And then after the month, that medication was stopped. And then I was put on abiraterone. What is abiraterone? Abiraterone is a medication that now regulates the adrenal glands because, yes, your testes make testosterone, but we know that your adrenal glands also make androgens. And so, part of the problem has been that if just being on Lupron that you still could have the cancer take off again because it can take advantage of the androgens produced in your adrenal gland.
So I started the abiraterone and it's 250 milligrams, four of them. And you take it sometime in the late night or early morning because you have to be ... Have an empty stomach when you're taking it because it affects how you absorb it in your intestine. I routinely was getting up at around two, three o'clock in the morning and taking it and then waiting for breakfast for another two to three hours. And that works quite well.
What is abiraterone doing now? Now, not only is your Lupron shutting down totally your testosterone production, but now abiraterone not only shutting down androgen production, but it's down regulating the production of cortisol, which is really important for you because when you get up in the morning, what's happening is that your brain making ACTH, adrenocorticotropin hormone, is going to your adrenal gland to tell the adrenal gland to make cortisol so that when you wake up in the morning, you feel very active and ready to go. But abiraterone shuts that down. And so, as a result, it's one of the reasons that many cancer patients on these medications, including me, when I get up in the morning, I don't want to get up because I have no cortisol.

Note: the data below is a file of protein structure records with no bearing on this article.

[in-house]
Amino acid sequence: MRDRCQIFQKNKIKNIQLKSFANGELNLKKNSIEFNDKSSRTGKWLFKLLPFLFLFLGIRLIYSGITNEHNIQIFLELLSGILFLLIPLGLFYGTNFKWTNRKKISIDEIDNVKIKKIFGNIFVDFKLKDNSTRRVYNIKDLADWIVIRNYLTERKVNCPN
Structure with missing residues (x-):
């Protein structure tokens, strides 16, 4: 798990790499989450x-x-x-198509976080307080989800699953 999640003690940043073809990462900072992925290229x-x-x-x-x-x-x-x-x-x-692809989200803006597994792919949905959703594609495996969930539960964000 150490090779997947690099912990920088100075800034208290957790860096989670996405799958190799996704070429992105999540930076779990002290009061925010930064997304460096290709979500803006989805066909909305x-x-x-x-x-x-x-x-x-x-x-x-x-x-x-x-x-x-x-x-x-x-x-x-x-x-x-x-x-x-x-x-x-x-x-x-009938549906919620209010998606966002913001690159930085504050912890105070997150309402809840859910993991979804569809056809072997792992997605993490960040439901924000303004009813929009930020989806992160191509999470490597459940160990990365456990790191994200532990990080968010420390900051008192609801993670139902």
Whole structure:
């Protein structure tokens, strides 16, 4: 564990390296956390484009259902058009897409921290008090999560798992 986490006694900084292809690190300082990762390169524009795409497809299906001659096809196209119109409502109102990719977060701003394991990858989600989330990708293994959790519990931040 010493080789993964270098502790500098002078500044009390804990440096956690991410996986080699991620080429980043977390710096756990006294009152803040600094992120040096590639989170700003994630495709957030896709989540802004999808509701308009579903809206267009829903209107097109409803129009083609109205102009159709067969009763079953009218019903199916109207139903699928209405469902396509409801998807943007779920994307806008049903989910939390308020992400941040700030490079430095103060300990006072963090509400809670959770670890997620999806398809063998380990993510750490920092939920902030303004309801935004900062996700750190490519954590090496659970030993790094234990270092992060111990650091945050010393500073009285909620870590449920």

Being an endocrinologist, I ask Dr. Morgans, "Can you get me a blood level and 8:00 AM cortisol?" This is what you typically get on endocrinologist orders to see if you're adrenally sufficient. My blood level, 1.1. So I knew that I'm adrenally insufficient. My blood testosterone levels, zero. I am hypogonadal. But now I'm on this, the prostate gland has shrunk significantly, and now I need to have radiation therapy. And met with Dr. Nguyen and he said it's going to be five and a half weeks of intensive therapy, lots of complications from this. You can get GI bleeding, you can have dysuria, pain on urination, you can have difficulty in urinating, just to name a few complications.
Again, my thinking was that how can you help mitigate or prevent many of these? Well, one of the ways of course is, and that they recommend, is that you go on miralax. And so, what it does is it's a material that when you're swallowing it, you don't absorb it, but it absorbs water in your colon so that it makes your stool very kind of loose. And so, when you go for the radiation therapy, that your colon is not really full so that when you're getting blasted by radiation therapy, you're not affecting it as much, less likely to have GI complications, including pain and GI bleeding.
And then I thought you have to also take 16 ounces of water before you have your therapy because what you want to do is have a full bladder. Now, you would think if you have a full bladder that that would even make it worse, but no. What it does is it actually raises your bladder. And so, as a result, when you're being irradiated around the pelvis, the prostate and the lymph nodes, then the bladder being elevated minimizes the complications associated with it.